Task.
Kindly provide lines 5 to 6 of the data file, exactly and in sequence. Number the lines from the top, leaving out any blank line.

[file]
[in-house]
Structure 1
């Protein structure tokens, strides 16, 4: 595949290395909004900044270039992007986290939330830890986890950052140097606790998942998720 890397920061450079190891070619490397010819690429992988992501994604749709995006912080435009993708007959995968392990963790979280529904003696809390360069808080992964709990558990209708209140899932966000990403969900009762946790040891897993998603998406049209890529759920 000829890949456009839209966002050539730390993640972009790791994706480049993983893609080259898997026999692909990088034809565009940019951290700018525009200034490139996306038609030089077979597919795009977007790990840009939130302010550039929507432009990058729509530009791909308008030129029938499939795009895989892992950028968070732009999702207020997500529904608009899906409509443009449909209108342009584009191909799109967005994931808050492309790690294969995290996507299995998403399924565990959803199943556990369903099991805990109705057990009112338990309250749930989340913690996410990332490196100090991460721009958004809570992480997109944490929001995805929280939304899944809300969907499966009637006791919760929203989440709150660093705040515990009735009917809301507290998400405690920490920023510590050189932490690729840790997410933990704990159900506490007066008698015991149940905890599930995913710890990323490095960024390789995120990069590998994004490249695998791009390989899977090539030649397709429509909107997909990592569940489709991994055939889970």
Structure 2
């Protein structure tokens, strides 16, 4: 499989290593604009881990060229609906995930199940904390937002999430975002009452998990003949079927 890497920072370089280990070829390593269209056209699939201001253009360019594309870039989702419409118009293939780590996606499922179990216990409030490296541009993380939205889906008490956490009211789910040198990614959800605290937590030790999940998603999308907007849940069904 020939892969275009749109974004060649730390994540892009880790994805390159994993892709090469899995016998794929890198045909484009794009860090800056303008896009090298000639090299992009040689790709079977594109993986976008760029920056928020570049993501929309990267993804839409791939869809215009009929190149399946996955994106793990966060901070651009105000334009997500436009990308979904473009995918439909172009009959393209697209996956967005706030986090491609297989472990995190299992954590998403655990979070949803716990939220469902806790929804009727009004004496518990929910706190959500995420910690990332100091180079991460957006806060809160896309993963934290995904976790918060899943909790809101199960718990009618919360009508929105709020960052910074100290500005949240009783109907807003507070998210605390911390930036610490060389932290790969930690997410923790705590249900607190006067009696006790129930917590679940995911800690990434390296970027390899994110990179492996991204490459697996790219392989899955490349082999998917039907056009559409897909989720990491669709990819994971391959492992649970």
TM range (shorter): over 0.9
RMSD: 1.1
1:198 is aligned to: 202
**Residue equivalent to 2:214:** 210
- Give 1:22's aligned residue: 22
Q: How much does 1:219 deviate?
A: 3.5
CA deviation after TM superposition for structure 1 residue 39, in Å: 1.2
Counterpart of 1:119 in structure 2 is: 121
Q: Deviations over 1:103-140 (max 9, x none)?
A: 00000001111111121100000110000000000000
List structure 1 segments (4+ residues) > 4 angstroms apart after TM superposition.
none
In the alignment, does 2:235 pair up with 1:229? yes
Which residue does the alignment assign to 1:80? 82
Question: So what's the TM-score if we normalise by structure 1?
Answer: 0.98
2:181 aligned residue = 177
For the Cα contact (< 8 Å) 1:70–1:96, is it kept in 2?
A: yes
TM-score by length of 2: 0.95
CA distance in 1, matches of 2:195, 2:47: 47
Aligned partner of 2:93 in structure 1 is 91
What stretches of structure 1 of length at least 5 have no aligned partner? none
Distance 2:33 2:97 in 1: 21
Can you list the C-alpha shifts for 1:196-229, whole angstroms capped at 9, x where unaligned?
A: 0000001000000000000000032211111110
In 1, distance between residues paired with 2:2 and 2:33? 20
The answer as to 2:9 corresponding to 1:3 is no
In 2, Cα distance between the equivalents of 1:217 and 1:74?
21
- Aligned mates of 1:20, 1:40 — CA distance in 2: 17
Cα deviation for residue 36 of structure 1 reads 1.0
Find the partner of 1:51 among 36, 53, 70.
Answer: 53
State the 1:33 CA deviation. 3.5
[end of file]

């Protein structure tokens, strides 16, 4: 499989290593604009881990060229609906995930199940904390937002999430975002009452998990003949079927 890497920072370089280990070829390593269209056209699939201001253009360019594309870039989702419409118009293939780590996606499922179990216990409030490296541009993380939205889906008490956490009211789910040198990614959800605290937590030790999940998603999308907007849940069904 020939892969275009749109974004060649730390994540892009880790994805390159994993892709090469899995016998794929890198045909484009794009860090800056303008896009090298000639090299992009040689790709079977594109993986976008760029920056928020570049993501929309990267993804839409791939869809215009009929190149399946996955994106793990966060901070651009105000334009997500436009990308979904473009995918439909172009009959393209697209996956967005706030986090491609297989472990995190299992954590998403655990979070949803716990939220469902806790929804009727009004004496518990929910706190959500995420910690990332100091180079991460957006806060809160896309993963934290995904976790918060899943909790809101199960718990009618919360009508929105709020960052910074100290500005949240009783109907807003507070998210605390911390930036610490060389932290790969930690997410923790705590249900607190006067009696006790129930917590679940995911800690990434390296970027390899994110990179492996991204490459697996790219392989899955490349082999998917039907056009559409897909989720990491669709990819994971391959492992649970």
TM range (shorter): over 0.9